After the evening’s second standing ovation—this one for Antwone—event co-chairs Christine and Jonathan Bassham took the stage to wrap things up. A total of $53,440 had been raised during the event, they announced, which, thanks to a $50,000 match, meant that Dallas CASA was $103,000 richer just since the first course was served. That amount, the guests realized happily as they made for the exits, would pay for a lot of advocates for a lot of Antwones.  

* Photo credit: Kristina Bowman

MySweetWishList: Community Partners Of Dallas’ Annual Toy Drive

According to Community Partners of Dallas President/CEO Paige McDaniel,

Paige McDaniel (File photo)

Paige McDaniel (File photo)

“Community Partners of Dallas’ annual Toy Drive is now underway! I wish for the community to help us in providing 11,000 gift wishes for abused and neglected children in the care of Child Protective Services. CPD is accepting donations of toys through Friday, December 9.

“For thousands of abused and neglected children in Dallas County, the holidays are just another day; one more day that they are reminded that no one cares. By supporting Community Partners of Dallas’ Toy Drive, individuals, organizations and companies can grant specific gift requests to children most in need of holiday joy.

“Community Partners of Dallas’ Toy Drive is unique in that the wishes are brought to the agency by CPS caseworkers on behalf of the children in their care, and those same caseworkers will have the wonderful opportunity to deliver the gifts personally. For many of the children, these might be the only gifts they receive, and for some the first gift they have ever been given.

“A significant need this Christmas is gift cards, valued at $25 or more, for the teens we serve.  Every teen should have the experience of shopping and selecting something for themselves.  Gift cards from retailers such as Target, Walmart, Bath & Body Works, Forever21, GameStop, Academy, Old Navy or Best Buy are always appreciated. As well, popular wishes for kids of all ages include bikes, African American Dolls, learning toys for toddlers, bath and body gift sets, ANYTHING from Disney’s Frozen, light up toys, MP3 players, LEGO Sets, remote control cars, toddler push toys, small tablets, LeapFrog toys and basketballs/footballs/soccer balls.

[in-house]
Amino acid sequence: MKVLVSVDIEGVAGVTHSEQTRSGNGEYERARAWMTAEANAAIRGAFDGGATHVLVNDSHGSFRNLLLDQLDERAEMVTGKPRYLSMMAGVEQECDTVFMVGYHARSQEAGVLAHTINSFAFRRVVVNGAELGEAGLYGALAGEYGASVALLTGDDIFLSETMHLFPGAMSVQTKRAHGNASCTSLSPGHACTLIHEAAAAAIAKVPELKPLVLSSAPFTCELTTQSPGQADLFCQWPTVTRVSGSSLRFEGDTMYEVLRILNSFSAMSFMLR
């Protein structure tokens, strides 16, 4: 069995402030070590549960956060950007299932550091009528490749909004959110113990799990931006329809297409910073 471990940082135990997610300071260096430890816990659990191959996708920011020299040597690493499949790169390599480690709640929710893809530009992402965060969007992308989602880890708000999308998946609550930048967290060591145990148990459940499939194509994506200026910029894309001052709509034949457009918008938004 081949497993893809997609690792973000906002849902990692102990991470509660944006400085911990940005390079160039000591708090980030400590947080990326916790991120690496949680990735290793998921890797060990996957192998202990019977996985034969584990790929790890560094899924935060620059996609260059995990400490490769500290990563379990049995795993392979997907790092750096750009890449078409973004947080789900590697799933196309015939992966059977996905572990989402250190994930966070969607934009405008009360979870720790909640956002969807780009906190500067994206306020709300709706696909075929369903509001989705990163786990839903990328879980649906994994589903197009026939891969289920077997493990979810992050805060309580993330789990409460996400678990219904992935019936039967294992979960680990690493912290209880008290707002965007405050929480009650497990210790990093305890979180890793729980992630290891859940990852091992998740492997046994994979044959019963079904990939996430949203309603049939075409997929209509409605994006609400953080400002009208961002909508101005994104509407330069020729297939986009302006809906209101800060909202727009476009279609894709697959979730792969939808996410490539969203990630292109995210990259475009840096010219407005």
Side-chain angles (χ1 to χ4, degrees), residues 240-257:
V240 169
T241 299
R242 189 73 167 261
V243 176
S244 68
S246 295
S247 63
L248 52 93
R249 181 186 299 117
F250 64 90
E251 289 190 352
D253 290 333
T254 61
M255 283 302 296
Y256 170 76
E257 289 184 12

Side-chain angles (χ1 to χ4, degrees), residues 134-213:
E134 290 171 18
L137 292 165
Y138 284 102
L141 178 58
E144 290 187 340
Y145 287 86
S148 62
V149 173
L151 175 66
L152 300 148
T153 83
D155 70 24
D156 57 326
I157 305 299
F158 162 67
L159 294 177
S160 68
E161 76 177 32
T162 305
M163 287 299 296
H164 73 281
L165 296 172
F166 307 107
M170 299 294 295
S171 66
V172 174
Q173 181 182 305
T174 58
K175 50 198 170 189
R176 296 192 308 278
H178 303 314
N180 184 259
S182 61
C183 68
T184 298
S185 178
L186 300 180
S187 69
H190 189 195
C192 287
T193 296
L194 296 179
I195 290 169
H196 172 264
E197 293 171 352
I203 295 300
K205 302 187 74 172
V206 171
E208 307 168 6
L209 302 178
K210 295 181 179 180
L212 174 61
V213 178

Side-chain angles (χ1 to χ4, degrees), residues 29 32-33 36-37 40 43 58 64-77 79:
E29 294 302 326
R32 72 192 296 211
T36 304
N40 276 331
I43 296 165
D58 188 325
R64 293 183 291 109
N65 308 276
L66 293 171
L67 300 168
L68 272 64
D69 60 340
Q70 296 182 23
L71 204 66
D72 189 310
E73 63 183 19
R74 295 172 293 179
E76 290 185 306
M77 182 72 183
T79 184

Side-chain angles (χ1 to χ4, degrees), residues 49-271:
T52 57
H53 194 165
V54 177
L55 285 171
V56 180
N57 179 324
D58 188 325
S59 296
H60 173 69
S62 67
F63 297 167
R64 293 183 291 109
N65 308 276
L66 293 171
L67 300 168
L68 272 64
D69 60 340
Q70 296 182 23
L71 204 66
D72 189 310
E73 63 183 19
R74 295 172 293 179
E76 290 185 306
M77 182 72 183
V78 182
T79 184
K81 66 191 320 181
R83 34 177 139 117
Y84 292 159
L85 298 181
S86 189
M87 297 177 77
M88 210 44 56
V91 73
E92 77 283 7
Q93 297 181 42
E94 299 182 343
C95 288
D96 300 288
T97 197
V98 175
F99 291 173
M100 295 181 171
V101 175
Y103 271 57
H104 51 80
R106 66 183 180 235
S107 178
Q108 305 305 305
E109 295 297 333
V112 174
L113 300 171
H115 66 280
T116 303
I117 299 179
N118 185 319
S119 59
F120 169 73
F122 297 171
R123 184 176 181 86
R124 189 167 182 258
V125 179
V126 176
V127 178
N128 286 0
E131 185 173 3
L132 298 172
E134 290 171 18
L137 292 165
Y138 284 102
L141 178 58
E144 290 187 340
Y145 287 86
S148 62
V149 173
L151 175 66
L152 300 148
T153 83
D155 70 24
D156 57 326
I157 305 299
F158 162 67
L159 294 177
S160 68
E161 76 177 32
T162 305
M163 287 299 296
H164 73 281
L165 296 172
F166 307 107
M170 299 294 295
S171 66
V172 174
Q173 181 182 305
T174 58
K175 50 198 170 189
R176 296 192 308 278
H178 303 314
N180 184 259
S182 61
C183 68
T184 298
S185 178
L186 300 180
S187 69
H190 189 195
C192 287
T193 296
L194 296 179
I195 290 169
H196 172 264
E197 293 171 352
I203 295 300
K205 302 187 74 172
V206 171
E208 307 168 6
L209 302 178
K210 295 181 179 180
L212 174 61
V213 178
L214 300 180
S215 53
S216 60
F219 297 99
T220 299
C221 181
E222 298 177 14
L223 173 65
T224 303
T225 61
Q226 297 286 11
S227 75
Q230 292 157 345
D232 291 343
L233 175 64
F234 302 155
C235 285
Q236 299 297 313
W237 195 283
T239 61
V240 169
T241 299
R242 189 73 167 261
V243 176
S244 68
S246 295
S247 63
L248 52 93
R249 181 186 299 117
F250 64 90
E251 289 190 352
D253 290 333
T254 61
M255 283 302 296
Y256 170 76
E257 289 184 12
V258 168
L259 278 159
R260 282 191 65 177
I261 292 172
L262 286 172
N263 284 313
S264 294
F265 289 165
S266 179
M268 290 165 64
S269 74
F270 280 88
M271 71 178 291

Community Partners of Dallas Toy Drive*

Community Partners of Dallas Toy Drive*

“Toys and gift cards can be provided by companies, churches, scout troops, business offices, or individuals. Organizations and individuals can also organize a new toy drive for the undesignated toy collection used to serve additional children who come into CPS’ protective care after the wish list deadline and to fill wishes not selected by donors.

 “All gifts should be new and not wrapped. Toys must be delivered to the Community Partners of Dallas’ Toy Drive Warehouse at the Peacock Alley Warehouse located at 2050 Postal Way, Dallas 75212 no later than 1:00 p.m. on Friday, December 9.  For more information on participating in the Toy Drive or for warehouse hours, contact Corinne Karp, 214.624.7588 or [email protected] or visit” 

-By Paige McDaniel, Community Partners of Dallas president/CEO

* Graphic provided by Community Partners of Dallas

JUST IN: Gymnast Extraordinaire Simone Biles To Be Keynote Speaker For 6th Annual A Chance To Soar

She may itsy bitsy, but gymnast Simone Biles has become a giant among the spectrum of legendary athletes thanks to her many accomplishments including the recent Rio Olympics sweep. There are those who swear that she’s “The most talented gymnast of all-time.”

Simone Biles*

Simone Biles*

But she also has an incredible back story of how as a youngster, her parents were MIA due to their addictions. Simone and her siblings were “in and out of foster care,” until she and “her sister Adria were adopted by their grandparents at a young age.” It was a major turning point for the girls. They discovered gymnastics and as they say, “the rest is history.”

That’s just a Reader’s Digest version of Simone’s story. The real one will take place on Tuesday, April 25.  Sixth Annual A Chance to Soar Co-Chairs Julie Bagley and Rachel Stephens have arranged to have Simone as the keynote speaker for the Jonathan’s Place fundraiser.  

According to Jonathan’s Place CEO Allicia Graham Frye, “Jonathan’s Place is over the moon to have Simone Biles share her story of courage to overcome a tumultuous childhood. We are grateful for her sincerity and condiment her story will be an inspiration to all supporters — old and new — of Jonathan’s Place.”

The question on the table is where the event will take place. Stay tuned. In the meantime, sponsorships are available and table sales begin at $2,500. But don’t wait for the location to be announced. This one is going to be a sell-out.